Gail Carriger takes a break from her Steampunk series with a slightly different take on the werewolf curse in 'Marine Biology.'
Alec never really expected to make it to 24. Born into a pack of werewolves, he was always considered a bit too...weak to make the change. In a family that looks like it just walked out of a biker bar, he swam instead of playing a more full-contact sport in high school, and is more likely to be spotted in a lab coat than a leather one. But family is family, and pack is pack, so when there's a get-together he shows up.
Even if he's more likely to bring a salad than a slab of beef.
This time, though, he's actually being given responsibility within the pack. There's been some funny business with the merpeople's finances, and a large chunk of money has gone missing. There's reason to believe that the selkies are in on it, and that's brought a brother-sister pair of mers to town.
Giselle and Marvin used to be from around here, so they're the ones that were sent from the West Coast to figure out where the money's gone. Since they're not local anymore it's the pack's responsibility to keep them safe while they're investigating, and that's where Alec gets involved.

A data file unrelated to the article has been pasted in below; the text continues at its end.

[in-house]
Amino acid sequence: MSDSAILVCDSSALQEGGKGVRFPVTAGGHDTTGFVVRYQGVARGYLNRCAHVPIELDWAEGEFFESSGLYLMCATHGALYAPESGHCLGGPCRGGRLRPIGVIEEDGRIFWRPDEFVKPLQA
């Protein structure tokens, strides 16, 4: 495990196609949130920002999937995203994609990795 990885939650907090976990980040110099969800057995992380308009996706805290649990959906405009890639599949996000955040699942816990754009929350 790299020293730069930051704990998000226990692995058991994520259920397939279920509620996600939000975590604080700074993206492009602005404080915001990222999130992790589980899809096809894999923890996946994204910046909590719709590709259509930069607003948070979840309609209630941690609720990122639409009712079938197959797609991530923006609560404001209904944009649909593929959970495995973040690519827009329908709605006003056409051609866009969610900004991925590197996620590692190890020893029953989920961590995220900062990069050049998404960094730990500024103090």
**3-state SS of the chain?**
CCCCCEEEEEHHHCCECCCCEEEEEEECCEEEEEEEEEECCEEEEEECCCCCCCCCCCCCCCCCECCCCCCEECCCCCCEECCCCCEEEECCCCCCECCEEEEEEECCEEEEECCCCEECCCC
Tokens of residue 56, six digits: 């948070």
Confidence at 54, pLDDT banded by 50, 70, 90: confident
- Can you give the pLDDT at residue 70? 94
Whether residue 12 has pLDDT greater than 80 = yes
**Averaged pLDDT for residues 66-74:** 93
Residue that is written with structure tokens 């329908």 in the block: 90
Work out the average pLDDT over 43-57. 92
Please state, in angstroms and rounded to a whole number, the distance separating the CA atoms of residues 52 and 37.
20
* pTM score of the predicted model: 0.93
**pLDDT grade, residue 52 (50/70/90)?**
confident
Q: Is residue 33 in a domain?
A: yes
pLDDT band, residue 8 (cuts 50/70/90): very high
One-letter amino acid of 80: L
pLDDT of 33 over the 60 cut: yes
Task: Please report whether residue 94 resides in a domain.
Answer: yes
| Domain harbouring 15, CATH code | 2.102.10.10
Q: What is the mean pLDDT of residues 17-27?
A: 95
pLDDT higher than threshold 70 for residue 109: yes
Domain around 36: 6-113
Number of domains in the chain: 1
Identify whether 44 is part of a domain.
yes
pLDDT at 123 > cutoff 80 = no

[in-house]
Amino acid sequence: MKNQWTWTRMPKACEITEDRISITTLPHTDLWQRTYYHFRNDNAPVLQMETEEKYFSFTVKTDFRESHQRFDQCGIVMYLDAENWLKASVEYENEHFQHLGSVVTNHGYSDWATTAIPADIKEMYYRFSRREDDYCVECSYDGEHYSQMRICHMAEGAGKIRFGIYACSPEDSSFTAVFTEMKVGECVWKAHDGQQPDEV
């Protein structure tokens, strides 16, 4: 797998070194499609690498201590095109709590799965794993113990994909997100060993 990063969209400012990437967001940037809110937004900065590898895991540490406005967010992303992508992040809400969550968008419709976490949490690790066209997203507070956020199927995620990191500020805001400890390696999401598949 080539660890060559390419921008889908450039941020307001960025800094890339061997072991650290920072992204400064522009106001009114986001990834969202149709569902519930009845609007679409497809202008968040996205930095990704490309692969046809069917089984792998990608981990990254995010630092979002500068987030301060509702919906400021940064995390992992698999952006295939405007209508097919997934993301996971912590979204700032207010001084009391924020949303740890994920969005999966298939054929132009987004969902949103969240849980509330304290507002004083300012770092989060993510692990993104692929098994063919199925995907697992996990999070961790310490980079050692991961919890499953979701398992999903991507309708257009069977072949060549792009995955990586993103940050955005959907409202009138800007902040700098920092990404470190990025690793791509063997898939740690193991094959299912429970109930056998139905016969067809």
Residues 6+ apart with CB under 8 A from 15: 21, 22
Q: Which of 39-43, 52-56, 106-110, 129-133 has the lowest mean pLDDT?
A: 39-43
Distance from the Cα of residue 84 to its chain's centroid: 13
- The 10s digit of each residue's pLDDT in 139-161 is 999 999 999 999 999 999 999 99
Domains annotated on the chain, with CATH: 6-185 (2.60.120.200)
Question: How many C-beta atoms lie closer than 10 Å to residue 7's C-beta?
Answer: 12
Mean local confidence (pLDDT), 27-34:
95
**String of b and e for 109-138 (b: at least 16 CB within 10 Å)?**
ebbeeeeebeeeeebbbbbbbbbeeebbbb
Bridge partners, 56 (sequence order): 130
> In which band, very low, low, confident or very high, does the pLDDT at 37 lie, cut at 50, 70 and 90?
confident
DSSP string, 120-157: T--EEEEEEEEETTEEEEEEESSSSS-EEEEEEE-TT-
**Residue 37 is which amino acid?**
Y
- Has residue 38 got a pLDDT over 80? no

Nevermind that Marvin used to show up at Alec's swim practices to watch.
'Marine Biology' has an interesting premise and doesn't take itself too seriously. There's a ghost who lives at Butch's house and seems to take great pleasure in teasing the pack when it meets. Alec gets by in the aggressive pack politics by keeping his head down, but still gets made fun of for his sushi platters and job as a researcher. Even the merfolks seen a bit surprised with how badly he fits into this family. Nevertheless, this story has all the humor and clever dialog that readers of Carriger have come to expect, and is a welcome diversion.
Highs: Of course the Irish selkies would be the mafia of the water-weres.
Lows: I kept expecting the werewolf Biff to somehow tie into the character in the Parasol Protectorate with the same name.
Verdict: A quick, easy read that doesn't make itself out to be more than it is.
Further Reading: 'My Sister's Song', Soulless, Attachments